Using (11) and the triangle inequality, for $n ≥ q$ and $m ∈ N *$, we have
$d ( x n , x n + m ) ≤ ∑ i = n n + m − 1 u i ≤ ∑ i = n + ∞ 1 i 1 / k .$
The convergence of the Riemann series $∑ n 1 n 1 / k$ (since $0 < k < 1$) yields ${ x n }$ is a Cauchy sequence. Since $( X , d )$ is complete, there exists some $ω ∈ X$ such that
$lim n → + ∞ d ( T n x , ω ) = lim n → + ∞ d ( x n , ω ) = 0 .$
The continuity of T yields
$lim n → + ∞ d ( T n + 1 x , T ω ) = 0 .$
Finally, the uniqueness of the limit implies that $ω = T ω$, i.e., $ω$ is a fixed point of T. □
Let us give some examples to illustrate the result given by Theorem 3.
Example 1.
Let $( X , d )$ be a complete metric space, and let $T : X → X$ be a continuous mapping. Let $F : ( 0 , + ∞ ) → R$ be a function that belongs to Φ. Suppose that there exists a constant $τ > 0$ such that
$τ + F ( M T ( x , y ) ) ≤ F ( d ( x , y ) ) ,$
for all $( x , y ) ∈ X × X$ with $M T ( x , y ) > 0$. Then for any $x ∈ X$, the Picard sequence ${ T n x }$ converges to a fixed point of T. In order to prove this result, we apply Theorem 3 with $( φ , ψ ) = ( F , − τ )$.
Example 2.
Suppose that all the assumptions of Theorem 2 are satisfied. Then T satisfies (3) with $φ ( t ) = ln t$, $t > 0$, and $ψ ≡ ln q$. Therefore, the result of Theorem 2 follows from Theorem 3.
Example 3.
Let
$X = x n = n ( n + 1 ) 2 : n ∈ N * .$
We endow X with the metric
$d ( x , y ) = | x − y | , ( x , y ) ∈ X × X .$
Then $( X , d )$ is a complete metric space. Consider the mapping $T : X → X$ defined by
$T x 1 = x 1 a n d T x n + 1 = x n , n ∈ N * .$
One observes easily that
${ ( x , y ) ∈ X × X : M T ( x , y ) > 0 } = { ( x n , x n + 1 ) : n ∈ N * } .$
Furthermore, for all $n ∈ N *$, one has
$M T ( x n , x n + 1 ) d ( x n , x n + 1 ) = n n + 1 → 1 a s n → ∞ ,$
which shows that (2) is not satisfied. Hence Theorem 2 cannot be applied in this case. On the other hand, taking $τ = 1$ and
$F ( t ) = t + ln t , t > 0 ,$
one obtains
$τ + F ( M T ( x n , x n + 1 ) ) = 1 + F ( n ) = 1 + n + ln n ≤ 1 + n + ln ( n + 1 ) = F ( d ( x n , x n + 1 ) ) ,$
for all $n ∈ N *$. Hence (12) is satisfied for all $( x , y ) ∈ X × X$ with $M T ( x , y ) > 0$. Therefore, by Example 1, one deduces that T has a fixed point $x * ∈ X$. In this case, one observes that $x * = x 1 = 1$.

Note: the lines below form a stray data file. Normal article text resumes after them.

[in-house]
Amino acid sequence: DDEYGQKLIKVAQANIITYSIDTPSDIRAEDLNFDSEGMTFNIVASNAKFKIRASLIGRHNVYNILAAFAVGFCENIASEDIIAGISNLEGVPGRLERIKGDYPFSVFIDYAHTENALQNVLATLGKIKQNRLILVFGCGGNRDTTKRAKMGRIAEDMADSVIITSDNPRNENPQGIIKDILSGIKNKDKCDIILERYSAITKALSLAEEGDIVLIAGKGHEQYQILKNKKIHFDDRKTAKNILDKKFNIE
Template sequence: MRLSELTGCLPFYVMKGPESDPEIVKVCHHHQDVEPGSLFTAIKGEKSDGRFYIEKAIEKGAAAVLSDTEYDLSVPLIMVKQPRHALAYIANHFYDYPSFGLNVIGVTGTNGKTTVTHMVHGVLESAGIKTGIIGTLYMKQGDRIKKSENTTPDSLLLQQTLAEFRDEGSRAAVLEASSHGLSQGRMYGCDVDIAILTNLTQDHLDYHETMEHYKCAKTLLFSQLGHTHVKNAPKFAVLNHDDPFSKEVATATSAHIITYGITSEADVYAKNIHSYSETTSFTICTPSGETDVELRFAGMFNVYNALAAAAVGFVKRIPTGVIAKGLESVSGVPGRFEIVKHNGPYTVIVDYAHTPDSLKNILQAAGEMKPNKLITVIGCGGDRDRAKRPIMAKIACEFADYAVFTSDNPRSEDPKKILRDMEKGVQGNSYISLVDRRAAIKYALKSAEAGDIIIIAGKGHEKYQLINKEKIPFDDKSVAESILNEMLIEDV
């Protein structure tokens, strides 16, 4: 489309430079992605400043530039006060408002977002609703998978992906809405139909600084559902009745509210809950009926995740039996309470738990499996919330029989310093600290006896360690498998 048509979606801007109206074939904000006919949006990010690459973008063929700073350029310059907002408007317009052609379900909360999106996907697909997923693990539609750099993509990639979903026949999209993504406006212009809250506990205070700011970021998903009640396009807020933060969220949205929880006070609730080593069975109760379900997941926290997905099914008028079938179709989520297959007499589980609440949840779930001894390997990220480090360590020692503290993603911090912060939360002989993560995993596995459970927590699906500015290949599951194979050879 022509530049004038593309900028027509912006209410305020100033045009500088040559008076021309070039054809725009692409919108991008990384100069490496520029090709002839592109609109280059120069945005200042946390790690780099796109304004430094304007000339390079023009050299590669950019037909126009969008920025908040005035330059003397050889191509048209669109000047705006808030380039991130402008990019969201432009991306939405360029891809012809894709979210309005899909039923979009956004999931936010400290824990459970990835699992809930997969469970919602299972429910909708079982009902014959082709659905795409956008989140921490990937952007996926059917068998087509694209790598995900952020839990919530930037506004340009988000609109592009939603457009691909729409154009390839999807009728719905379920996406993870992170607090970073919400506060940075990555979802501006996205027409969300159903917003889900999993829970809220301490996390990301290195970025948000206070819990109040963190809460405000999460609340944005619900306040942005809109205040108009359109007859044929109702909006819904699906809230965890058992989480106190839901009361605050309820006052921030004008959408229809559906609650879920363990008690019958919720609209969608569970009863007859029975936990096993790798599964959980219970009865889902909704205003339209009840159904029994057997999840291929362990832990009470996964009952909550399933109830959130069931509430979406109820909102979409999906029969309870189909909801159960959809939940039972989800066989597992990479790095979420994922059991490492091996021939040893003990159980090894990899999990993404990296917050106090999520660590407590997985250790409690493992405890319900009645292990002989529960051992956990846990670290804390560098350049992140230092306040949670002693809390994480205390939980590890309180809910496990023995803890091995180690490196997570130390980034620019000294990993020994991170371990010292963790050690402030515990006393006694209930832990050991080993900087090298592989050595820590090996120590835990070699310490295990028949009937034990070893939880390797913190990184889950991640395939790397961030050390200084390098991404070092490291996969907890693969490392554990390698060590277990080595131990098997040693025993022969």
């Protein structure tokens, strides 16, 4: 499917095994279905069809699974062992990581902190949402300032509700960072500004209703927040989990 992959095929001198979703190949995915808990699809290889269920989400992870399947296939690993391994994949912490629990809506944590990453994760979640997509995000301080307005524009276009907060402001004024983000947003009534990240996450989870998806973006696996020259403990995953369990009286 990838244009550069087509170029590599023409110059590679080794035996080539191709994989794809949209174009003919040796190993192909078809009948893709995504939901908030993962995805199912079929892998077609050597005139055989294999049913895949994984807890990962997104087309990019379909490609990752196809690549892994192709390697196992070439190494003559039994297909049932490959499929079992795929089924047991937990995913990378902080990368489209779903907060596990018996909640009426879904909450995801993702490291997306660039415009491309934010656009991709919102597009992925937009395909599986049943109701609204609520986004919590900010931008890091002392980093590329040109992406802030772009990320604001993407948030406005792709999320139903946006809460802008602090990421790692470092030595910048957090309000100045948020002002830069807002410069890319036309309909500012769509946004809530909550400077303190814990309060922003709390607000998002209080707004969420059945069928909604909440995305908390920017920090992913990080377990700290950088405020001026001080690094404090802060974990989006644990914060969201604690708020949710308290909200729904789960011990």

## 3. A Larger Class of Mappings

In this part, we discuss the existence of fixed points for a larger class of mappings than the one studied in the previous section. First, let us recall some concepts introduced recently by Samet in [29] (see also [28]).
Let $( X , d )$ be a metric space, and let $α : X × X → R$ be a given function.
Definition 2.
Let ${ x n } ⊂ X$ be a given sequence. We say that ${ x n }$ is α-regular if
$α ( x n , x n + 1 ) ≥ 1 , n ∈ N .$
Definition 3.
We say that $T : X → X$ is α-admissible if
$( x , y ) ∈ X × X , α ( x , y ) ≥ 1 ⇒ α ( T x , T y ) ≥ 1 .$
Definition 4.
We say that $T : X → X$ is α-continuous if for every α-regular sequence ${ x n } ⊂ X$ and $u ∈ X$,
$lim n → + ∞ d ( x n , u ) = 0$
implies that there exists a sub-sequence ${ x n k }$ of ${ x n }$ such that
$lim k → + ∞ d ( T x n k , T u ) = 0 .$
Definition 5.
Let ${ x n } ⊂ X$ be a given sequence. We say that ${ x n }$ is α-Cauchy if
(i)
${ x n }$ is α-regular.
(ii)
${ x n }$ is a Cauchy sequence.
Definition 6.
We say that $( X , d )$ is α-complete if every α-Cauchy sequence is convergent.
Next, we introduce the following class of mappings.
Let $T α$ be the class of mappings $T : X → X$ satisfying the following conditions:
($T 1$)
T is $α$-continuous.
($T 2$)
There exists $( φ , ψ ) ∈ Φ × Ψ$ such that for all $( x , y ) ∈ X × X$ with $d ( T x , T y ) > 0$,
$α ( x , y ) exp φ ( d ( T x , T y ) ) ≤ exp φ ( d ( x , y ) ) + ψ ( d ( x , y ) ) .$
We now give some examples of mappings $T : X → X$ that belong to the set $T α$, for some $α : X × X → R$. Let $( X , d )$ be a metric space.
Proposition 1 (The class of generalized Ćirić-contractions).
Let $T : X → X$ be a continuous mapping. If T is a generalized Ćirić-contraction, then there exists a function $α : X × X → R$ such that $T ∈ T α$.
Proof.
Let us consider the function $α : X × X → R$ defined by
$α ( x , y ) = 1 if y = T x , 0 if y ≠ T x .$